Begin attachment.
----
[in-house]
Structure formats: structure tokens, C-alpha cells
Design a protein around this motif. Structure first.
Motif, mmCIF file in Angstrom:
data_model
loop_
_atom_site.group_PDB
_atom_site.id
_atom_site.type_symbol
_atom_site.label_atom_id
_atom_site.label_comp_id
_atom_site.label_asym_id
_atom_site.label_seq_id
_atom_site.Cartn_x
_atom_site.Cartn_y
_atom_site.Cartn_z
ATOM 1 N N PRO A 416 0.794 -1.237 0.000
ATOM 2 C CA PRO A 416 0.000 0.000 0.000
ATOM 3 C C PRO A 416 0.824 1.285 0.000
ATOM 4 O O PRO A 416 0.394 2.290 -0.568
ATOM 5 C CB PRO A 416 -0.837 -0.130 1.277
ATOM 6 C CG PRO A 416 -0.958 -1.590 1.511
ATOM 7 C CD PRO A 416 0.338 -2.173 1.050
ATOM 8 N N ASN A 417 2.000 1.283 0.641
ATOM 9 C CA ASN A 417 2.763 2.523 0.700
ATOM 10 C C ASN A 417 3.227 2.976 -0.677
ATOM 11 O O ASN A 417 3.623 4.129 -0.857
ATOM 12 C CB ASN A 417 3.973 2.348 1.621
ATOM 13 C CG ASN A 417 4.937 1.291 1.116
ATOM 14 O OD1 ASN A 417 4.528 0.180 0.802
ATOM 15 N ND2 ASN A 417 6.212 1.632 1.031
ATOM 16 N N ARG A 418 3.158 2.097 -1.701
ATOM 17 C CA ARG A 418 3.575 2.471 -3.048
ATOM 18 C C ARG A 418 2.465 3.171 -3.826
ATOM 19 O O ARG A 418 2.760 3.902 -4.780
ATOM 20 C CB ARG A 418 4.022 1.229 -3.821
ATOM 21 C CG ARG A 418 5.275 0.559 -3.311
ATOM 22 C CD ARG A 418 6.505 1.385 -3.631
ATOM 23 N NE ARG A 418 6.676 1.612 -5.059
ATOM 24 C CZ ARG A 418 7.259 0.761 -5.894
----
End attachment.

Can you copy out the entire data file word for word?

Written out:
[in-house]
Structure formats: structure tokens, C-alpha cells
Design a protein around this motif. Structure first.
Motif, mmCIF file in Angstrom:
data_model
loop_
_atom_site.group_PDB
_atom_site.id
_atom_site.type_symbol
_atom_site.label_atom_id
_atom_site.label_comp_id
_atom_site.label_asym_id
_atom_site.label_seq_id
_atom_site.Cartn_x
_atom_site.Cartn_y
_atom_site.Cartn_z
ATOM 1 N N PRO A 416 0.794 -1.237 0.000
ATOM 2 C CA PRO A 416 0.000 0.000 0.000
ATOM 3 C C PRO A 416 0.824 1.285 0.000
ATOM 4 O O PRO A 416 0.394 2.290 -0.568
ATOM 5 C CB PRO A 416 -0.837 -0.130 1.277
ATOM 6 C CG PRO A 416 -0.958 -1.590 1.511
ATOM 7 C CD PRO A 416 0.338 -2.173 1.050
ATOM 8 N N ASN A 417 2.000 1.283 0.641
ATOM 9 C CA ASN A 417 2.763 2.523 0.700
ATOM 10 C C ASN A 417 3.227 2.976 -0.677
ATOM 11 O O ASN A 417 3.623 4.129 -0.857
ATOM 12 C CB ASN A 417 3.973 2.348 1.621
ATOM 13 C CG ASN A 417 4.937 1.291 1.116
ATOM 14 O OD1 ASN A 417 4.528 0.180 0.802
ATOM 15 N ND2 ASN A 417 6.212 1.632 1.031
ATOM 16 N N ARG A 418 3.158 2.097 -1.701
ATOM 17 C CA ARG A 418 3.575 2.471 -3.048
ATOM 18 C C ARG A 418 2.465 3.171 -3.826
ATOM 19 O O ARG A 418 2.760 3.902 -4.780
ATOM 20 C CB ARG A 418 4.022 1.229 -3.821
ATOM 21 C CG ARG A 418 5.275 0.559 -3.311
ATOM 22 C CD ARG A 418 6.505 1.385 -3.631
ATOM 23 N NE ARG A 418 6.676 1.612 -5.059
ATOM 24 C CZ ARG A 418 7.259 0.761 -5.894